Journal article, Peer reviewed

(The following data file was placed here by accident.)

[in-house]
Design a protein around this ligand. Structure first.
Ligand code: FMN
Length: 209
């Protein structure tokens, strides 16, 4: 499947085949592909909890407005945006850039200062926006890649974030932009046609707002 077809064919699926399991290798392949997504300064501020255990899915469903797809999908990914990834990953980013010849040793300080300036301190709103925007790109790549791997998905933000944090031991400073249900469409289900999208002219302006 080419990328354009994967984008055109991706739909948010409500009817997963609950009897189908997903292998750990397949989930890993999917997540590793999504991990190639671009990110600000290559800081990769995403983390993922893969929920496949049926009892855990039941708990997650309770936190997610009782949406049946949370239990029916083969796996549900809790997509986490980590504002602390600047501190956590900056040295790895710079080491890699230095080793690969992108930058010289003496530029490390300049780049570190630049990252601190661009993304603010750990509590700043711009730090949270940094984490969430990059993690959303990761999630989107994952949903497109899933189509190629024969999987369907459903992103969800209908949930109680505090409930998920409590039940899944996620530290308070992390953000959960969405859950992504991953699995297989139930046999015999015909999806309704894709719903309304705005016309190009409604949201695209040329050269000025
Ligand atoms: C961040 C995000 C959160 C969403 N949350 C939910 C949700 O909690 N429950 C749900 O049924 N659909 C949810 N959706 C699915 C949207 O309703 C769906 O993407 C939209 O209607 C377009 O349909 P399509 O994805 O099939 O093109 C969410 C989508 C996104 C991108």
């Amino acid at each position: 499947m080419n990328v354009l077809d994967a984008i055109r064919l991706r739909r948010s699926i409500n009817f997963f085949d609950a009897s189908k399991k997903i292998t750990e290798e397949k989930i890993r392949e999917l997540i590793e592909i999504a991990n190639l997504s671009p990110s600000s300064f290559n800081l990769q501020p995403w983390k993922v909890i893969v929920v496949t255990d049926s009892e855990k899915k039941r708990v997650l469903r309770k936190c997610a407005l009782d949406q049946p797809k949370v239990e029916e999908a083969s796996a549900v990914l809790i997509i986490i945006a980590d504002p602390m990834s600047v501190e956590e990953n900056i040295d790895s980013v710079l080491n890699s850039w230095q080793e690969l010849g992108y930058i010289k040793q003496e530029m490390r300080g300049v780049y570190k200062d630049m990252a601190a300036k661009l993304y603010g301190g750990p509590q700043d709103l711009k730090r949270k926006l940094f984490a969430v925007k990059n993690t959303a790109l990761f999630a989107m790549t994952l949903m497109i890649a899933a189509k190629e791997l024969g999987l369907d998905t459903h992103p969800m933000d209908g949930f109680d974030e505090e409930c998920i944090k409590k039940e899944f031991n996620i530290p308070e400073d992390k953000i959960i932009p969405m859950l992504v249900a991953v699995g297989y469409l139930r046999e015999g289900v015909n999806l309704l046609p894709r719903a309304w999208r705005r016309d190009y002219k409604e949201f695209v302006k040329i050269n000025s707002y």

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Motivated by weaknesses with traditional accounts of logical epistemology, considerable attention has been paid recently to the view, known as anti-exceptionalism about logic (AEL), that the subject matter and epistemology of logic may not be so different from that of the recognised sciences. One of the most prevalent claims made by advocates of AEL is that theory choice within logic is significantly similar to that within the sciences. This connection with scientific methodology highlights a considerable challenge for the anti-exceptionalist, as two uncontentious claims about scientific theories are that they attempt to explain a target phenomenon and (at least partially) prove their worth through successful predictions. Thus, if this methodological AEL is to be viable, the anti-exceptionalist will need a reasonable account of what phenomena logics are attempting to explain, how they can explain, and in what sense they can be said to issue predictions. This paper makes sense of the anti-exceptionalist proposal with a new account of logical theory choice, logical predictivism, according to which logics are engaged in both a process of prediction and explanation.